I’ve photographed this abandoned school many times, the first being in 2008 when I surveyed the Michigan Road from end to end. It appeared to be in reasonable condition then. I hoped that it would be restored and put to good purpose.
It was not to be. Over the years I watched as the windows were removed, and then the doors. In time siding started to disappear. I’m sure that in this exposed condition, rainwater began to damage the structure. A few years ago it began to collapse. I last photographed it in May, 2021, when it looked like this.
In this condition, the building was a goner. It was razed recently. What a waste.
Click here to see on Google Maps where this building once stood. It actually faced State Road 26, which crosses the Michigan Road here.
My first ever trip to explore an old road was on July 15, 2006. My friend Dawn and I drove the National Road and US 40 from downtown Indianapolis to the Illinois state line.
Even though I had researched the trip beforehand and knew this abandoned bridge was there, as a road-trip newbie I was still blown away by the sight of it. My experience with this bridge was so exciting that it has propelled me to explore the old roads to this day.
I’ve visited this bridge at least a dozen times since then. Almost every time I am out this way, I stop and make at least one photograph. It’s amazing to me how intact this bridge has remained over the last 15 years.
This bridge was built in 1923, but served only until 1940 when the modern four-lane US 40 was built alongside it. It’s been abandoned for 80 years now!
I’ve driven the National Road from its beginning in Baltimore, MD to its end in Vandaila, IL. To read everything I’ve ever written about it, click here.
When I surveyed the Michigan Road from end to end in 2008, I stopped to photograph this abandoned schoolhouse near Middlefork, where State Road 26 intersects. The building faces SR 26; it’s actually on a short segment left behind when the highway was improved.
It was in sad shape, but it was intact. It was much the same in 2013 when I stopped to photograph it again. The upstairs windows were gone.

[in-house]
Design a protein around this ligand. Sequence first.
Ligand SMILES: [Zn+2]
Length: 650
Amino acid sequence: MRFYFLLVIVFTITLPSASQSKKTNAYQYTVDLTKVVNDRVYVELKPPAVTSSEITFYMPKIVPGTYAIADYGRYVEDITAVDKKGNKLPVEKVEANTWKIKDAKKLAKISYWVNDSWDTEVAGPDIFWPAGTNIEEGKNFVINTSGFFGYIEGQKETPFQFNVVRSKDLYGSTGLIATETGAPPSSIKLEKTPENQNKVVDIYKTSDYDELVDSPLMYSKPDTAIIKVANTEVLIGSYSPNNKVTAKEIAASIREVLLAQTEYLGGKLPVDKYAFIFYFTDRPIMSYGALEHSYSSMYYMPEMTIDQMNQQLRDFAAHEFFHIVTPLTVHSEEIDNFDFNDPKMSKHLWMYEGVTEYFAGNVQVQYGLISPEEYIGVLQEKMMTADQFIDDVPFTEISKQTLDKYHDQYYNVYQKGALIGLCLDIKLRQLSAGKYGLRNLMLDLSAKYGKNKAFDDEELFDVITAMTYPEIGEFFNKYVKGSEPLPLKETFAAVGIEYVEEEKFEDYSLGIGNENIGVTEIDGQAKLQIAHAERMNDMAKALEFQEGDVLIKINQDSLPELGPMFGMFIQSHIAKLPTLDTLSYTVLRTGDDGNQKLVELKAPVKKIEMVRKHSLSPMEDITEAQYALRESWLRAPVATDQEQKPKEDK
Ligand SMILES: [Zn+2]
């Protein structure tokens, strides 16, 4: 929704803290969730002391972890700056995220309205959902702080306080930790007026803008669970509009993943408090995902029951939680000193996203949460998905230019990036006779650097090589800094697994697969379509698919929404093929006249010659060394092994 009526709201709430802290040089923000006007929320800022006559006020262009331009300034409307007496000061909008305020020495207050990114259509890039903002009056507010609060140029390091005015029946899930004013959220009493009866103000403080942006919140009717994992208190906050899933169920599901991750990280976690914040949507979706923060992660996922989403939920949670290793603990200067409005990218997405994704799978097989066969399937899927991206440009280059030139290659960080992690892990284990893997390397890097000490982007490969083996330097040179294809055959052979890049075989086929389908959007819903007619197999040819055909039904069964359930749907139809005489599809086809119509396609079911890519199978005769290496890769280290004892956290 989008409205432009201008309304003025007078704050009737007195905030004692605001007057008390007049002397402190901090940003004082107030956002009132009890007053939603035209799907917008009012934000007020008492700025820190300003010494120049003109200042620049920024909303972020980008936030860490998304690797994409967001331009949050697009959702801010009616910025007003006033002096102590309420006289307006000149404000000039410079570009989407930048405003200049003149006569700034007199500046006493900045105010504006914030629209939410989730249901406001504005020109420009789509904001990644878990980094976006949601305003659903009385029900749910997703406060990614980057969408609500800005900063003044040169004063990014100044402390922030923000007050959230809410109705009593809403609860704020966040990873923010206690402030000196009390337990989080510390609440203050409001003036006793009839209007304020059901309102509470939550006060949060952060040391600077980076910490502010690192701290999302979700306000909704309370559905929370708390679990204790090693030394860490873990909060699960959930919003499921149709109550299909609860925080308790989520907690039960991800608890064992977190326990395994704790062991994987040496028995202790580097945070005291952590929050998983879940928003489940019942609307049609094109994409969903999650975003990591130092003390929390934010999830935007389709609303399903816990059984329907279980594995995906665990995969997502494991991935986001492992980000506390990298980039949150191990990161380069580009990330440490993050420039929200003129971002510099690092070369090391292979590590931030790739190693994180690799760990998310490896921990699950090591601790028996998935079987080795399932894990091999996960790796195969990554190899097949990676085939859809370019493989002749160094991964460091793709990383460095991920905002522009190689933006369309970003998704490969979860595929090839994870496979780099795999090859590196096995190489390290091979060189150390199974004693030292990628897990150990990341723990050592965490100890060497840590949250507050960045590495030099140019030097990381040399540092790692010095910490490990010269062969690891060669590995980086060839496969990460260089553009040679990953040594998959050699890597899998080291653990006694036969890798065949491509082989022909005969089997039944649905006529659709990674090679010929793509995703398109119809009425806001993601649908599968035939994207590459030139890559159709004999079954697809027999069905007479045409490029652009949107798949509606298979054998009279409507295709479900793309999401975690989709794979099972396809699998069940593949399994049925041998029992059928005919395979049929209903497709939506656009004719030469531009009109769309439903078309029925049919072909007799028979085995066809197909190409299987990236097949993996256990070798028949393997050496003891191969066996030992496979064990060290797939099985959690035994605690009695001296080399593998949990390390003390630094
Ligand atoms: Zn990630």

In the years since, every time I drove past here the school was in worse shape than the last time. When I drove by a couple weeks ago, I finally stopped to photograph it again. It’s not pretty.
I’m surprised this building hasn’t been razed by now. I wonder how much more of it will collapse before someone finishes the job and carts the bits away.
As I’ve been moving my road-trip reports from my old site to this blog, I’ve looked back through my photographs.
Sometimes I brought a friend along on these trips. I loved sharing my odd hobby with others! When I explored US 50 in Illinois in 2009, I invited my longtime friend Michael along. He lives in Terre Haute, which was on the way.
Michael made a couple photos of me as we explored the road, shots with lots of context. They help me remember that very good day and my time with my friend.
I frequently brought my dear, departed Gracie along on road trips. She loved to go! We’re standing on the original alignment of US 50 where it enters Illinois after crossing the Wabash River from Indiana. The property owner was using part of the brick road as a patio for his home!
Here I am on an abandoned bridge, one of three in a row on a long abandoned section of US 50 that runs right alongside current US 50. I’m using my Kodak EasyShare Z730 to photograph the current US 50 bridge.
I started making road trips both to scratch a curiosity itch and to distract myself from the pain of my divorce and ongoing difficulties raising children with an acrimonious ex. These trips were a tonic. They were always better when I shared them.